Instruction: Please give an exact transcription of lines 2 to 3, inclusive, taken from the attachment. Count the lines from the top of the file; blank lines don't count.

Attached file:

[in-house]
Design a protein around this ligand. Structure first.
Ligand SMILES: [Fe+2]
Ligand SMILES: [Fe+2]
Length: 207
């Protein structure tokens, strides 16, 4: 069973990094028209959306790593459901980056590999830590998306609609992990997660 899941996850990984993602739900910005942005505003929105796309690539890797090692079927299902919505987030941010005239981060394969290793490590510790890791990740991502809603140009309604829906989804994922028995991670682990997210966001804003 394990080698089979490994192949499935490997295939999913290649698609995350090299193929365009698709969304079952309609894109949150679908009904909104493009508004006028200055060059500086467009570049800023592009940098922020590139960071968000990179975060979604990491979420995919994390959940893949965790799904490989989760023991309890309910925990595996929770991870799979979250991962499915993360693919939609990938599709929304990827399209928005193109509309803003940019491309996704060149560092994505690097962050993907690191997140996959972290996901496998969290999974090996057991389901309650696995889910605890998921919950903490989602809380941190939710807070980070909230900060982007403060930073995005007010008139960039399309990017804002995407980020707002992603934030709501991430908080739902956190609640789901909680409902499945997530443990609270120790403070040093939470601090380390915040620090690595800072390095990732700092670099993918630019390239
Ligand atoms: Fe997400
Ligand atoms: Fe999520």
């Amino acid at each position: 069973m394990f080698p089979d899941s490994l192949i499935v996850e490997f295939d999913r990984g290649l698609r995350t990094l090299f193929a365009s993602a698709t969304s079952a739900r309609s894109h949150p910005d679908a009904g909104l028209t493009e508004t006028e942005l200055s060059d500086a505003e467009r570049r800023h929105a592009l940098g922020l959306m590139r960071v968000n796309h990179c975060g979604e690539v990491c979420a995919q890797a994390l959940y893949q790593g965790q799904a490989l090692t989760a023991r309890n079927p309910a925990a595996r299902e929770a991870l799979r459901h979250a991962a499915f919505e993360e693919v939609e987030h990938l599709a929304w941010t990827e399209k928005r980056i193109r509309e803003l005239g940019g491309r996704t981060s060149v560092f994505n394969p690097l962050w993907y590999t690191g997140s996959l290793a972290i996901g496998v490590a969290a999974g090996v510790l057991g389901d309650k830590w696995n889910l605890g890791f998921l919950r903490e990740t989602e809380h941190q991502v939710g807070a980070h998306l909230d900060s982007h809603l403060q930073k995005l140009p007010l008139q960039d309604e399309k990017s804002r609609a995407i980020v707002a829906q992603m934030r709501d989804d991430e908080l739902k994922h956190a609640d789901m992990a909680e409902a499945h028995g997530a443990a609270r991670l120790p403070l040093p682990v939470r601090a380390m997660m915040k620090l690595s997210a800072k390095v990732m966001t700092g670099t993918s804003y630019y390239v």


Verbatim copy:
Design a protein around this ligand. Structure first.
Ligand SMILES: [Fe+2]